Create a virtual machine running a Linux distribution using VirtualBox
Go back to parent page Introduction to Linux for bioinformatics
On this page we will show how you can run a Linux operating system (OS) as a virtual machine on your computer (multi-core with decent amount of RAM). We will make use of VirtualBox (by Oracle) to achieve this.
- 1 Install VirtualBox
- 2 Download a Linux distribution of your choice
- 3 Install the virtual machine
- 4 Virtual machine peculiarities
- 5 Shutting down the virtual machine
Go to https://www.virtualbox.org and choose Downloads. Download the correct installer for your platform and install VirtualBox on your computer.
Enable CPU properties
Sometimes VirtualBox displays errors when starting. Or trying VirtualBox for the first time, a virtual machine might not start. These problems might be related to not having virtualization enabled on your CPU.
All the latest processors and motherboards support virtualization technology (vt-x/amd-v). It many cases, VirtualBox requires this to be enabled. To do so, you have to reboot your computer, and get into the BIOS menu. In the BIOS menu, you should enable virtualization. Where this setting is located is different between computers, so check your hardware vendor for the BIOS options, or browse around in your BIOS menu until you find it. Most of the times it is named in a decent way. Enable the option, and boot your computer.
Download a Linux distribution of your choice
Go to http://www.distrowatch.com, and choose among the listed distributions. In this tutorial, we will work with Linux Mint. A long term release (LTS) means updates will be provided for years to come).
We need to download an .iso file, which is a (binary) copy of an installation DVD containing your distribution of choice. You can find it in the downloads section of the distribution's web page. You can download it using a direct download, depending on your preference and the options offered by the distribution's web page.
After the NGS trainings we will distribute a set of iso-images that you can install in Virtual Box in a similar way as described below for the standard Linux distribution. These images are all based on Linux Mint 17 but contain all additional tools and data you need for repeating the analysis done in the RNA-Seq and the DNA variant analysis training. For each training we will distribute two images:
- System containing all the tools
- Data containing all the data
Install the virtual machine
The install process in Oracle VM VirtualBox is exemplified with screenshots below. In summary:
- create a virtual hard disk
- run on that disk a linux distribution in live modus
- start the installations from within the live modus
To start the VirtualBox new virtual machine wizard, click on the New button in the top bar.
Be sure to set the type of linux machine to 64 bit! See below
Do not overcommit RAM to the virtual machine. Make sure you stay in the green zone. If you overcommit, the host system can run out of RAM, and can become unresponsive, terminating the guest system, as well as itself. So for a standard Linux 1GB is sufficient.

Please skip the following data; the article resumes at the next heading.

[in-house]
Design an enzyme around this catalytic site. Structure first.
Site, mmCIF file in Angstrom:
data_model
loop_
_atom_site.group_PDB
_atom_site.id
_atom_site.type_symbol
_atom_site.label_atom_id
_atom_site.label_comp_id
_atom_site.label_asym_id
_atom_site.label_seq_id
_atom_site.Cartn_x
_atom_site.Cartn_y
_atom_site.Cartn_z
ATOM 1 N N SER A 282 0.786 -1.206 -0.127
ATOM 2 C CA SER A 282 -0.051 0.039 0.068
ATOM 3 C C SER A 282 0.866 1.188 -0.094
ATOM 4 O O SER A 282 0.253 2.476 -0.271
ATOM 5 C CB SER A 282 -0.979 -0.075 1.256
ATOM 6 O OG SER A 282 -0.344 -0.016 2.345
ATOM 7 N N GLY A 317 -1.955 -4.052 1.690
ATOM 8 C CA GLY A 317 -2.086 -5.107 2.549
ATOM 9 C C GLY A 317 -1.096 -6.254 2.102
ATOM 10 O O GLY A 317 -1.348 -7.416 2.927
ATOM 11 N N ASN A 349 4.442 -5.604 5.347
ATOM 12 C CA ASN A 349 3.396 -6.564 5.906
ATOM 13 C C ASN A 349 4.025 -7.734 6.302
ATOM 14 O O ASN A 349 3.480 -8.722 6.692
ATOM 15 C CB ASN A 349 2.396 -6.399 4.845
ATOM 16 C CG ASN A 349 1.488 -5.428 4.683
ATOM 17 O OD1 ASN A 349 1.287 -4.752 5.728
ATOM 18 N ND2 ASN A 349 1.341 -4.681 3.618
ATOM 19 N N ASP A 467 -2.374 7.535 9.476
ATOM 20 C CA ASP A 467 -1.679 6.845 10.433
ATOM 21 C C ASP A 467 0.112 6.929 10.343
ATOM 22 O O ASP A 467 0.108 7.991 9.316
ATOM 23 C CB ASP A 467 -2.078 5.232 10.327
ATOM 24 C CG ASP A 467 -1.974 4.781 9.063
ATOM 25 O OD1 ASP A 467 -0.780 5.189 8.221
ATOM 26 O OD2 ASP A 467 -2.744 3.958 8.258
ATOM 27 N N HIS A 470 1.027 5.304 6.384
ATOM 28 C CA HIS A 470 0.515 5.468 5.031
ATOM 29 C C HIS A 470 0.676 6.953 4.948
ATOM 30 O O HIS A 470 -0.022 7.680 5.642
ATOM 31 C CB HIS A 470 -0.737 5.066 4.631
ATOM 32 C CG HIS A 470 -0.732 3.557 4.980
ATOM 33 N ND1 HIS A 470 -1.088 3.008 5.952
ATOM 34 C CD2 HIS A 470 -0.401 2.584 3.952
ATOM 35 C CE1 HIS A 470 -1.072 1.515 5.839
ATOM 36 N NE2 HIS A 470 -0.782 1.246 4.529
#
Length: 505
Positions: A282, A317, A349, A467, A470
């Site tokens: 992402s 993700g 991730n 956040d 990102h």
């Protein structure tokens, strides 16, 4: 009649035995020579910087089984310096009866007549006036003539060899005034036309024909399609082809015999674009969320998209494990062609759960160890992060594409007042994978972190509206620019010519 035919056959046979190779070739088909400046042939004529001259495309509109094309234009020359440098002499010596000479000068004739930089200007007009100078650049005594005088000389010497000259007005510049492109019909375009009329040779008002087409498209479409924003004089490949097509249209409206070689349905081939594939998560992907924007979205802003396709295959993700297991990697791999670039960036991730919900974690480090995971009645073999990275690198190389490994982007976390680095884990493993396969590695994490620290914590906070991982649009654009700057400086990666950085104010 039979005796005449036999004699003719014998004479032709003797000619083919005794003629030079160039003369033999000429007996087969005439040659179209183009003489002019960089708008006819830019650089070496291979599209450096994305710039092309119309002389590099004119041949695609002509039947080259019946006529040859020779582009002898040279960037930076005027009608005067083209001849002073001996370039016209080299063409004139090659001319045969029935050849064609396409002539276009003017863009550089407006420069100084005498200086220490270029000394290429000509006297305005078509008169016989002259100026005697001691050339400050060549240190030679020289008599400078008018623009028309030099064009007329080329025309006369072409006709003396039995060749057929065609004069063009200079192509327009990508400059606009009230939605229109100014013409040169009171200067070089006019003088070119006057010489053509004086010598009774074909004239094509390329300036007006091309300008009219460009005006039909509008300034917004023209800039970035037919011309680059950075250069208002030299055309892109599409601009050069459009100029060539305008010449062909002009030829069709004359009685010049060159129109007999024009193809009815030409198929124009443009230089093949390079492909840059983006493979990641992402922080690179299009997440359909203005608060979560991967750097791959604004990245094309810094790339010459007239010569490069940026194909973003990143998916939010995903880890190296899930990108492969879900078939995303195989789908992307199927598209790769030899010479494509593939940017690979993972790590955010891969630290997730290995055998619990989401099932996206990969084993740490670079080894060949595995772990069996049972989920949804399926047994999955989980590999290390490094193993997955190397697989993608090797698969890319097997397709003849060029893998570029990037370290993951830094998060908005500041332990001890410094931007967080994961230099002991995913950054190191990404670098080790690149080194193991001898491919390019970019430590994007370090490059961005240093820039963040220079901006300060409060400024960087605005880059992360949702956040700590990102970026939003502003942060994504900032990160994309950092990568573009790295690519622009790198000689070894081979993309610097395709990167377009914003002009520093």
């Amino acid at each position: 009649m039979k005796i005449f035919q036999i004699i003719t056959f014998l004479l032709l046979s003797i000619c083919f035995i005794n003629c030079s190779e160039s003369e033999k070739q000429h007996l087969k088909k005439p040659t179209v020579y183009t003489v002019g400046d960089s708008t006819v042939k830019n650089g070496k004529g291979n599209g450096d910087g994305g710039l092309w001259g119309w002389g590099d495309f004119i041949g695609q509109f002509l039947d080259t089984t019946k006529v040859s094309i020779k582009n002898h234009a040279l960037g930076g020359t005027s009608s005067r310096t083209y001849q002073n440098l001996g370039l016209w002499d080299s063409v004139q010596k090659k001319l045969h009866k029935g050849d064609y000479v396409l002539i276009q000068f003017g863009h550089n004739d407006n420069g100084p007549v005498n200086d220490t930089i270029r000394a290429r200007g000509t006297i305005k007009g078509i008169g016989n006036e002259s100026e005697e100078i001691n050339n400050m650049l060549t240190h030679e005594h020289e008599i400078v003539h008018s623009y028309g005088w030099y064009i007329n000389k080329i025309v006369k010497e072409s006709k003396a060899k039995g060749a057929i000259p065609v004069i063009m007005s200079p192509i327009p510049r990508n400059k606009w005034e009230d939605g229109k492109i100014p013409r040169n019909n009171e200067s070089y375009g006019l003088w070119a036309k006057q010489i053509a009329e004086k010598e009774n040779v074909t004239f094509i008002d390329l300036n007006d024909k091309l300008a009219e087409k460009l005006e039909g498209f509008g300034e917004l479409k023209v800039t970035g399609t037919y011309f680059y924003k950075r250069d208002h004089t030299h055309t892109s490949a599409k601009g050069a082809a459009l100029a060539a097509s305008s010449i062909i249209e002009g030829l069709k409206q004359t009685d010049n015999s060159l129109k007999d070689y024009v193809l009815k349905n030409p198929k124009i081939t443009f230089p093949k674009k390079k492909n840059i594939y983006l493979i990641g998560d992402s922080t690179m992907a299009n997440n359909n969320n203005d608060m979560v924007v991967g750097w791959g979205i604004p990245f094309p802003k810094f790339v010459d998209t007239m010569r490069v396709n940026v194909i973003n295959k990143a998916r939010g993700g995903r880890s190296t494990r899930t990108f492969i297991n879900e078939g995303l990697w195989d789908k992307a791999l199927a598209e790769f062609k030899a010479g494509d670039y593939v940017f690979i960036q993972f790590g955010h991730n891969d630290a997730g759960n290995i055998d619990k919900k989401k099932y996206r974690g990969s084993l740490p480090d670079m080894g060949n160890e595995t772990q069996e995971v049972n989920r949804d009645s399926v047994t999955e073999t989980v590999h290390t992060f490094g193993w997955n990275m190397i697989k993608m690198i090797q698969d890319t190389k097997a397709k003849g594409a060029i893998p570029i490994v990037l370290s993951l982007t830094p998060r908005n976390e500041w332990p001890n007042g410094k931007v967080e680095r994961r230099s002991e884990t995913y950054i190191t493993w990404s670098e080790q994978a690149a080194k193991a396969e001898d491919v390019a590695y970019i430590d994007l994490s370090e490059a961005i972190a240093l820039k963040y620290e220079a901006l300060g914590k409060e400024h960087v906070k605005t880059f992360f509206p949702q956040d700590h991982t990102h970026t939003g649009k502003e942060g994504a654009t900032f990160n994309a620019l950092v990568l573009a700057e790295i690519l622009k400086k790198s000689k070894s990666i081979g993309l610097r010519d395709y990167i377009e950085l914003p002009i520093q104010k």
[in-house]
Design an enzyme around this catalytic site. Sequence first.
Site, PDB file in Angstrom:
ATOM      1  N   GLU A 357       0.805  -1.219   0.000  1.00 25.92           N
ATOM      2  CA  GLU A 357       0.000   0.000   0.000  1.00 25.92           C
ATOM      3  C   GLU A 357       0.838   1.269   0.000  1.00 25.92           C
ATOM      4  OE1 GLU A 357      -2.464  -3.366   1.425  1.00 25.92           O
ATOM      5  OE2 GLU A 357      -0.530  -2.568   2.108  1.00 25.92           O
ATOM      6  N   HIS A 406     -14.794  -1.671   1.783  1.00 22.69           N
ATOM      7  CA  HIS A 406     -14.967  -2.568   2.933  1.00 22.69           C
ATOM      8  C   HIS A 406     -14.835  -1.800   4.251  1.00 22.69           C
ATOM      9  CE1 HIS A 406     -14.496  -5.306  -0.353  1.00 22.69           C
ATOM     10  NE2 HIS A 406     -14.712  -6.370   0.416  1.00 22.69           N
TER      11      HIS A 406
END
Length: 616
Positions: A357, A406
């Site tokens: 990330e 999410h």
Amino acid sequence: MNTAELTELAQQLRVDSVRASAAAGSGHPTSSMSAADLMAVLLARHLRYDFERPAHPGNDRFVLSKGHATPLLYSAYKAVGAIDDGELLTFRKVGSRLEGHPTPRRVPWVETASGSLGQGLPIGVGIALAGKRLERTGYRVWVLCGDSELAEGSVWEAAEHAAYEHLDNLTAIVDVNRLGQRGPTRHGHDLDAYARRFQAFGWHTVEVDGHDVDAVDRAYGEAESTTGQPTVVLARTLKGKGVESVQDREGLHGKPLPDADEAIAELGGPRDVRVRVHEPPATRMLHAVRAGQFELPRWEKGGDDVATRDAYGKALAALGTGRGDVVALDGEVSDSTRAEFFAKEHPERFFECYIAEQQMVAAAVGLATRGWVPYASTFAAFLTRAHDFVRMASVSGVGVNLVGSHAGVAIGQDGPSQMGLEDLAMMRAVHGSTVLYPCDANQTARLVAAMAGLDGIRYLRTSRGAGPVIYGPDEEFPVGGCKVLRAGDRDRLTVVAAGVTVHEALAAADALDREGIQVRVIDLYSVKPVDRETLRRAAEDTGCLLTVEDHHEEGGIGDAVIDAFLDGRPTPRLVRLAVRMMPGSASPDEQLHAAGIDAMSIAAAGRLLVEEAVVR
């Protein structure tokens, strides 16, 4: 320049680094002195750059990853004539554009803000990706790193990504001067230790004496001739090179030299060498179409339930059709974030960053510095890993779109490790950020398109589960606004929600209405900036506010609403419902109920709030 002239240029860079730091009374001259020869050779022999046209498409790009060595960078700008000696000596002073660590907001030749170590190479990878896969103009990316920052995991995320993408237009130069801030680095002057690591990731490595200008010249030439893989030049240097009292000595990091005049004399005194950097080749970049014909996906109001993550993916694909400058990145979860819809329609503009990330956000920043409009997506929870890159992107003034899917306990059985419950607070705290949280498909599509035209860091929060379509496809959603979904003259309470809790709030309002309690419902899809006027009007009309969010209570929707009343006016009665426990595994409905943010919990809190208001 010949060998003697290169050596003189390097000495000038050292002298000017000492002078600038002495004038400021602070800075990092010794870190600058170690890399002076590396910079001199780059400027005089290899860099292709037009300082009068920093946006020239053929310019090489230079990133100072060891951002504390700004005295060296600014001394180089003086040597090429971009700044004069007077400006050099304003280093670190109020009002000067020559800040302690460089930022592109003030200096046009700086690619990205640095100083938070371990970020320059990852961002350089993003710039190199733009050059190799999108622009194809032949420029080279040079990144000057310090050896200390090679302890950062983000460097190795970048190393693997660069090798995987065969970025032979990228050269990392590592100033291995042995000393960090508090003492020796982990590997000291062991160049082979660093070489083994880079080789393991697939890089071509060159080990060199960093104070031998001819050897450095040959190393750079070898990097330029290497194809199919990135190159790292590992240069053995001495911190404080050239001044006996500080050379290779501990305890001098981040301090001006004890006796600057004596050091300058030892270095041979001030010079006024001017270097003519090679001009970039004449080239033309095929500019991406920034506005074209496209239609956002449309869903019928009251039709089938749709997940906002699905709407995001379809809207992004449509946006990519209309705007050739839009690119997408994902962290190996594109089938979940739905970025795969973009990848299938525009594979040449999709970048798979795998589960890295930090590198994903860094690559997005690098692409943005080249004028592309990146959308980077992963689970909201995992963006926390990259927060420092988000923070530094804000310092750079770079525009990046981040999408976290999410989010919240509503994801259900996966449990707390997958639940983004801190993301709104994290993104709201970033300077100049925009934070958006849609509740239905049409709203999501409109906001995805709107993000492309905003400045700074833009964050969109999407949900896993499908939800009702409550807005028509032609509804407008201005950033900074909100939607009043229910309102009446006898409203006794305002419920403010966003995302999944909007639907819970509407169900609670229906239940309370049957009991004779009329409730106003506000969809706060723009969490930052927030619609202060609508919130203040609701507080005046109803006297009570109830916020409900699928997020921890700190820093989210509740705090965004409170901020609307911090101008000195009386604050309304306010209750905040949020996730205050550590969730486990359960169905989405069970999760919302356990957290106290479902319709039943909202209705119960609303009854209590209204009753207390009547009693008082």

However, for the images of the NGS trainings you need to provide as much RAM as you can miss (while staying in the green zone).
The hard disk of the virtual machine is one big file. This is the equivalent of the physical hard disk in your host computer. (Advanced: for a virtual machine you can also select a block device as hard disk instead of a file).
You can specify different format of the disk file. I usually choose VDI (default VirtualBox), for performance issues. If you ever tend to migrate your virtual machine to another host computer, you might choose VMDK, which is a bit more portable.
If this machine will be heavily used, you might consider a Fixed size disk.
Take 10GB for a standard Linux distribution. However for the images of the NGS trainings, you need a 32GB disk for the system image and a 16GB disk for the data image.
Now you machine appears in VirtualBox's machine list. To start it, click the Start button (green arrow). Now it will first ask you to attach the .iso image of your linux distribution of choice. Navigate to the .iso file of your choice.
This will fire up the virtual machine in Live modus. Let it proceed.
Now the virtual machine is running in Live modus.
Click Install Linux Mint to start the installation. The installation will take about 10 minutes.
User information will be asked while the installation is in progress. Choose bits as user name and bitstraining as password.
After installation is complete, you can use the virtual machine further, or reboot the machine immediately. There is no point in continuing with the live version. Click Restart Now.
The system will do a virtual restart: at some point it will ask you to hit the Enter. Do so.
It is possible that the VirtualBox will hang during the restart (after you have hit the Enter key. If that happens just close the Virtual Machine. Select Power off the machine
And just restart the virtual machine.